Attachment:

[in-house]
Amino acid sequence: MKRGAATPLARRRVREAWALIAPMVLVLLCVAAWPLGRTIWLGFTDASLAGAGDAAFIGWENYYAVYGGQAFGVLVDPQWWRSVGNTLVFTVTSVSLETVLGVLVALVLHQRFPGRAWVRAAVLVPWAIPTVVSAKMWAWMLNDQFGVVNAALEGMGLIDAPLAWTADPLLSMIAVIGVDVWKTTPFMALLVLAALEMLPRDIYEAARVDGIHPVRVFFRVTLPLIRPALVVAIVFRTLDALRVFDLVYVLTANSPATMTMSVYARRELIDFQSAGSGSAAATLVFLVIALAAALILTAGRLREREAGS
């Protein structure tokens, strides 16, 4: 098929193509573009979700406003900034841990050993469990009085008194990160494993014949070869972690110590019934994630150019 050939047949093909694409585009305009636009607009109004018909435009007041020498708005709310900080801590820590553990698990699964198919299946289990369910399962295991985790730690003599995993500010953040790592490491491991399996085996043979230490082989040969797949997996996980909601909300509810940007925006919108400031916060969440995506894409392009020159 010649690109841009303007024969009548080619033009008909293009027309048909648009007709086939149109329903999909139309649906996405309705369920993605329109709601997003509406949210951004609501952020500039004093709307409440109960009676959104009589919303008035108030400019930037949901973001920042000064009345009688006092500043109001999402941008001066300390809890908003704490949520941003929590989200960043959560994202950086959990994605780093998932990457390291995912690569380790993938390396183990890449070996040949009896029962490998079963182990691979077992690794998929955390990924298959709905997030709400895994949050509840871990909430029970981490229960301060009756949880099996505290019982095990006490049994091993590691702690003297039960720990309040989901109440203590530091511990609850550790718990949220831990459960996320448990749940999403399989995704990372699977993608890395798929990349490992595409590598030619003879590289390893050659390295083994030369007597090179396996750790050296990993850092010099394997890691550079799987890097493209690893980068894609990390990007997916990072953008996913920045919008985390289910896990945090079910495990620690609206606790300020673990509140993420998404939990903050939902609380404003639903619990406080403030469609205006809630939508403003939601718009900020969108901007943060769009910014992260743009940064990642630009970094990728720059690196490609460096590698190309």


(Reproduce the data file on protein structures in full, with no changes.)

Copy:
[in-house]
Amino acid sequence: MKRGAATPLARRRVREAWALIAPMVLVLLCVAAWPLGRTIWLGFTDASLAGAGDAAFIGWENYYAVYGGQAFGVLVDPQWWRSVGNTLVFTVTSVSLETVLGVLVALVLHQRFPGRAWVRAAVLVPWAIPTVVSAKMWAWMLNDQFGVVNAALEGMGLIDAPLAWTADPLLSMIAVIGVDVWKTTPFMALLVLAALEMLPRDIYEAARVDGIHPVRVFFRVTLPLIRPALVVAIVFRTLDALRVFDLVYVLTANSPATMTMSVYARRELIDFQSAGSGSAAATLVFLVIALAAALILTAGRLREREAGS
């Protein structure tokens, strides 16, 4: 098929193509573009979700406003900034841990050993469990009085008194990160494993014949070869972690110590019934994630150019 050939047949093909694409585009305009636009607009109004018909435009007041020498708005709310900080801590820590553990698990699964198919299946289990369910399962295991985790730690003599995993500010953040790592490491491991399996085996043979230490082989040969797949997996996980909601909300509810940007925006919108400031916060969440995506894409392009020159 010649690109841009303007024969009548080619033009008909293009027309048909648009007709086939149109329903999909139309649906996405309705369920993605329109709601997003509406949210951004609501952020500039004093709307409440109960009676959104009589919303008035108030400019930037949901973001920042000064009345009688006092500043109001999402941008001066300390809890908003704490949520941003929590989200960043959560994202950086959990994605780093998932990457390291995912690569380790993938390396183990890449070996040949009896029962490998079963182990691979077992690794998929955390990924298959709905997030709400895994949050509840871990909430029970981490229960301060009756949880099996505290019982095990006490049994091993590691702690003297039960720990309040989901109440203590530091511990609850550790718990949220831990459960996320448990749940999403399989995704990372699977993608890395798929990349490992595409590598030619003879590289390893050659390295083994030369007597090179396996750790050296990993850092010099394997890691550079799987890097493209690893980068894609990390990007997916990072953008996913920045919008985390289910896990945090079910495990620690609206606790300020673990509140993420998404939990903050939902609380404003639903619990406080403030469609205006809630939508403003939601718009900020969108901007943060769009910014992260743009940064990642630009970094990728720059690196490609460096590698190309």